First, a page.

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Vaccination and diabetes: is there really a link?

The short answer is no. In 1998, an immunologist called Bart Classen published a study that suggested that children who started receiving vaccinations at two months of age were at a higher risk of developing type 1 diabetes. While the rumour still persists, it’s been proven to be a false assumption.

There has been a marked increase in childhood diabetes, particularly in developed countries, but studies done in 2001 and 2002, that reviewed the records of thousands of children, have proven that there is no change to the risk of diabetes, whether a child is immunised or not, or at what age, as Classen initially suggested. In fact, no link between the two was found at all, in either of those studies or a subsequent follow up.

Since vaccinations can help to protect your child against potentially dangerous diseases, there’s no reason you should avoid them simply because you are worried about diabetes.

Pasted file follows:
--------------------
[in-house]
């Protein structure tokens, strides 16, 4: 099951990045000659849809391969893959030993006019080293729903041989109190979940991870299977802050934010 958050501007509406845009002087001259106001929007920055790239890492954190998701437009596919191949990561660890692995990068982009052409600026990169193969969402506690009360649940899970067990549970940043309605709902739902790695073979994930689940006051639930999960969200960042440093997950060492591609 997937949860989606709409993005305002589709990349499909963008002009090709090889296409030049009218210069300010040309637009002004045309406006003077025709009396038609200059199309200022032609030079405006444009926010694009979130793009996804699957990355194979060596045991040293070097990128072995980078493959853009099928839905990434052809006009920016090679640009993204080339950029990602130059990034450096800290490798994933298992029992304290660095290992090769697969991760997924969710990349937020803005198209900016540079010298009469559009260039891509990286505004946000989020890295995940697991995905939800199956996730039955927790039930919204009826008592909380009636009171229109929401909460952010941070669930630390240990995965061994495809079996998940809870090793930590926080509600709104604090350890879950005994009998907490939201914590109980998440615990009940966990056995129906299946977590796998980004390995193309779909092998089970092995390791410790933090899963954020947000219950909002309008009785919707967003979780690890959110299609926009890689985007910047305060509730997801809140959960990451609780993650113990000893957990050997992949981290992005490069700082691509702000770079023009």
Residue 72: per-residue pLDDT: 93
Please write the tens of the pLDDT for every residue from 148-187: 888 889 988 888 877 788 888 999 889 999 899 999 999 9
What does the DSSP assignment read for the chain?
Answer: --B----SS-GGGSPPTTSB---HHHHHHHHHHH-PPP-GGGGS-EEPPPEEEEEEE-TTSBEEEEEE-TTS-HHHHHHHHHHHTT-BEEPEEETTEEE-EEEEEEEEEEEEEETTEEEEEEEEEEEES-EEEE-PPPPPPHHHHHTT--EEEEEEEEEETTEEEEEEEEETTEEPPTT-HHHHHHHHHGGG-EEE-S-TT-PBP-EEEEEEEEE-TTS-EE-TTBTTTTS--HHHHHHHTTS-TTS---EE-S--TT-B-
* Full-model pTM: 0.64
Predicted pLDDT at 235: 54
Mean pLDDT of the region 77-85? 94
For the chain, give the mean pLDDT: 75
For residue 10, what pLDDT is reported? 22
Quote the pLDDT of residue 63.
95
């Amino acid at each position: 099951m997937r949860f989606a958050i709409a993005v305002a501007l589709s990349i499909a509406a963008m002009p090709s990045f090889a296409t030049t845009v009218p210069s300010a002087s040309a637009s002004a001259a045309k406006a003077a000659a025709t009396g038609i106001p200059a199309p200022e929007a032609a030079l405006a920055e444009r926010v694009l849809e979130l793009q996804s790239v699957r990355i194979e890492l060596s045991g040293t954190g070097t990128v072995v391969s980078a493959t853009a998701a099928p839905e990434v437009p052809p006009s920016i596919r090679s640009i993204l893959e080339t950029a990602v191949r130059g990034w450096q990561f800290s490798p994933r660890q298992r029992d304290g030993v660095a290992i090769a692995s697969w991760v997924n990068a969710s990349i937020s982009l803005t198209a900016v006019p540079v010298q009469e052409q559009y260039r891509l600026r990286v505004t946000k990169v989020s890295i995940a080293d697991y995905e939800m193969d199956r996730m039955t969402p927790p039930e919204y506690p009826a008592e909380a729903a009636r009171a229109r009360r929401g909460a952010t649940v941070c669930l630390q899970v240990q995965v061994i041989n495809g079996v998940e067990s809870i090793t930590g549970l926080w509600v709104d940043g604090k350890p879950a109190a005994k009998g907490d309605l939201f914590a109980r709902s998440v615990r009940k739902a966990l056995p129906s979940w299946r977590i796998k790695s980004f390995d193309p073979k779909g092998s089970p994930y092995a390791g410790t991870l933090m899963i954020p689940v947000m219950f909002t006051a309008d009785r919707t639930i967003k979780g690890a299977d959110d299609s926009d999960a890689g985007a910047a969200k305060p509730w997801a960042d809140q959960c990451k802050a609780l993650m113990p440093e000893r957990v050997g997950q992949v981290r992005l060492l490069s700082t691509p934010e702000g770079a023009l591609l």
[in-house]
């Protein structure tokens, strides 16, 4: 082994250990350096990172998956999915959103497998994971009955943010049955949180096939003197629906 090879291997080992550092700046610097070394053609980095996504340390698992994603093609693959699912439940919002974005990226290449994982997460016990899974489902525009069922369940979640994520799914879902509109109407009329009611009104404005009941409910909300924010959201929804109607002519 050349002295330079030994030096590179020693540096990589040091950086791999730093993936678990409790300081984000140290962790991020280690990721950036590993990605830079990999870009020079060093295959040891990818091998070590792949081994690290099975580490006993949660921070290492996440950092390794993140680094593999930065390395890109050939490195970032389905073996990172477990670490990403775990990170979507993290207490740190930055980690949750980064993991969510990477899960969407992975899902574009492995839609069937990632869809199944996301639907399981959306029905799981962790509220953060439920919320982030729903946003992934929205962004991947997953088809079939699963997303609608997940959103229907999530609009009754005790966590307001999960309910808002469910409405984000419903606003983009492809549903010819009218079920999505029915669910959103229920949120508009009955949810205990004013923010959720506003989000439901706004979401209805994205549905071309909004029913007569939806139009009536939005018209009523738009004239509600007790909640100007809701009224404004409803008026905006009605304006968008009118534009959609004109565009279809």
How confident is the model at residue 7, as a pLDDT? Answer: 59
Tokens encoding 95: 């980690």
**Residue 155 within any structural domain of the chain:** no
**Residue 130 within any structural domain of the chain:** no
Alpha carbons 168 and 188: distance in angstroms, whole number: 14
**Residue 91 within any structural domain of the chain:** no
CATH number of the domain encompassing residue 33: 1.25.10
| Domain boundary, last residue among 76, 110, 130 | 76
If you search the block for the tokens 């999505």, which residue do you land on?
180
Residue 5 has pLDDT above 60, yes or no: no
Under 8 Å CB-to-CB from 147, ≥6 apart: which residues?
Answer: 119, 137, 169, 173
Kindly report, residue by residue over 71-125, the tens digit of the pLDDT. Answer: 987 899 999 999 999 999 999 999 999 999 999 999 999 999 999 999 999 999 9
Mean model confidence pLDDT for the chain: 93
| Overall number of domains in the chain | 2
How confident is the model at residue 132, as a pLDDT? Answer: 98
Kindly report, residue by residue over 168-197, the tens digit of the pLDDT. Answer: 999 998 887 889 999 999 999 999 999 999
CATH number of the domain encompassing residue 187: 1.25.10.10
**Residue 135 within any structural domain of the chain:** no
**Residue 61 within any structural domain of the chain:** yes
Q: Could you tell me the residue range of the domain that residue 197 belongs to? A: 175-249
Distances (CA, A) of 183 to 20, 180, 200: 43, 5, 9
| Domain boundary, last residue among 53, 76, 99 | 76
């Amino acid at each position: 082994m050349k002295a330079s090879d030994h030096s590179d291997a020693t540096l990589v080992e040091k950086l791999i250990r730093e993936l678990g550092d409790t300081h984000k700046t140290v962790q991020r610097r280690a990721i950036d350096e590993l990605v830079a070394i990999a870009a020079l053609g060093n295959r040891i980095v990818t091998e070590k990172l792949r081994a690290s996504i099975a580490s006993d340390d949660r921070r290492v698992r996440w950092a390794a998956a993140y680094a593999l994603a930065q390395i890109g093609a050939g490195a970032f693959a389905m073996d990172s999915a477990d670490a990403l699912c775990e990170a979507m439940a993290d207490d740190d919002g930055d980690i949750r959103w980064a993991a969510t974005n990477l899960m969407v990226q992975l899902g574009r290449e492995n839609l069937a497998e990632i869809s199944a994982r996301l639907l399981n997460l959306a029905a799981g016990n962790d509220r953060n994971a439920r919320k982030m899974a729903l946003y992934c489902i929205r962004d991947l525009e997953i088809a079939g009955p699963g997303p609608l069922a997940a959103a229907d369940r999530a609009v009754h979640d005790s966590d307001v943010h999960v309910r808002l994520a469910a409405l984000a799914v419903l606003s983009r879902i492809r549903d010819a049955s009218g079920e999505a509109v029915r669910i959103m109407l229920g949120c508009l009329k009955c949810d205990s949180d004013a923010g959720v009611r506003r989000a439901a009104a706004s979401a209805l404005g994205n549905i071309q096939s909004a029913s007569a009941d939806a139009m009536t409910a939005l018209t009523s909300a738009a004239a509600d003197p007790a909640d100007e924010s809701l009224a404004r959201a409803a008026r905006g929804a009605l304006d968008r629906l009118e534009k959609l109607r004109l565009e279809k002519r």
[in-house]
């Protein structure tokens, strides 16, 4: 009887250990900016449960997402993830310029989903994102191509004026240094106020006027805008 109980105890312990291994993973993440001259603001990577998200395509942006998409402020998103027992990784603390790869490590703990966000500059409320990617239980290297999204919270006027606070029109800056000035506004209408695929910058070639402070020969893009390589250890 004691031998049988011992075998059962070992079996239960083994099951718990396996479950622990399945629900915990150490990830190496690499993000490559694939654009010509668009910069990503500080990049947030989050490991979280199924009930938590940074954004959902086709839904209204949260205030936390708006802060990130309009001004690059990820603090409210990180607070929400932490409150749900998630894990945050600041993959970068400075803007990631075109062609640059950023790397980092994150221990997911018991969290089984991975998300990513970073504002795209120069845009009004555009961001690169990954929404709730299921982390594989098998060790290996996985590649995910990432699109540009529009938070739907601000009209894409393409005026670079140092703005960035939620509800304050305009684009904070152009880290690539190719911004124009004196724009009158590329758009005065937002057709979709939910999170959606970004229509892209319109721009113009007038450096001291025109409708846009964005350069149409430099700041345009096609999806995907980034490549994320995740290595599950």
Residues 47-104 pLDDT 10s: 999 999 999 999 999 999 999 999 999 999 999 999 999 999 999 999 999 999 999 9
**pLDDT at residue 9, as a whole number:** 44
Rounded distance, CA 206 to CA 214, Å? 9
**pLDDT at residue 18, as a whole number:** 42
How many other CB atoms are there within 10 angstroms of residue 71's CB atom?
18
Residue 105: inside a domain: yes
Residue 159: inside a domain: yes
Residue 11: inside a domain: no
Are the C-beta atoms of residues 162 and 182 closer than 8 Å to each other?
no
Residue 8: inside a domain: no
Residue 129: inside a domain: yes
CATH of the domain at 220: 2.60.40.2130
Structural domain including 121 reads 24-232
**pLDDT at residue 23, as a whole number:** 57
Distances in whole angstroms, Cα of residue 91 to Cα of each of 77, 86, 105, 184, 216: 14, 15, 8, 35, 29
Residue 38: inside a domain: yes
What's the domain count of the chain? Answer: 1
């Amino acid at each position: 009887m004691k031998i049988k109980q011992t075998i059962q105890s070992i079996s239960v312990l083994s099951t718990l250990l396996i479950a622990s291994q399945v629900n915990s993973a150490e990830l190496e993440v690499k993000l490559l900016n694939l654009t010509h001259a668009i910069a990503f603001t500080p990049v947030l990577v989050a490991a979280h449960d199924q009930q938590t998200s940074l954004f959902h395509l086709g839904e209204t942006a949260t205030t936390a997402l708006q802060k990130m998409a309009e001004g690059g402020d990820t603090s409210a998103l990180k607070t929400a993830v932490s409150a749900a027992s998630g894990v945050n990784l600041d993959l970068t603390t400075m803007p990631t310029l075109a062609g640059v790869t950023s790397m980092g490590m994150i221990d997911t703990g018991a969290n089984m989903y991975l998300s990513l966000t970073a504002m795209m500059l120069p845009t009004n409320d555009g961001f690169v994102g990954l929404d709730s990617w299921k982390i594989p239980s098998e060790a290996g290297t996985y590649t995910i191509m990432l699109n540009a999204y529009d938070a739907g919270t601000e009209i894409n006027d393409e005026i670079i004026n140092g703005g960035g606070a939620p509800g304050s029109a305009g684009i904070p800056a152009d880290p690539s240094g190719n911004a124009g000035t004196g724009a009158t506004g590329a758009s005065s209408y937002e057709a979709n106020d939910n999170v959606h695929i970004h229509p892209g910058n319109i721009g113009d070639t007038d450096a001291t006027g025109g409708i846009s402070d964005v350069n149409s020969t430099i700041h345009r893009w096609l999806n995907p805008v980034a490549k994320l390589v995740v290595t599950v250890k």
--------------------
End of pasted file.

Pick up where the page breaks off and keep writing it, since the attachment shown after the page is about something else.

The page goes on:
More questions

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Injections are necessary - the thing is to just have them and then get on with it. If needs be, have your child’s favourite toy or something else that will distract him while he has his shot.
Antibiotics do not kill viruses, such as the common cold, and by over using antibiotics, particularly when they aren’t necessary, you are weakening your child's future defences! 
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Giving any child aspirin could contribute to them getting a serious illness known as Reye’s Syndrome.
As a parent you should understand the risks associated with various different types of medication
Both ibuprofen and paracetamol are effective pain and fever treatment options for babies and children.
Choosing between a vaporiser and a humidifier is a personal choice but both help to make children feel better



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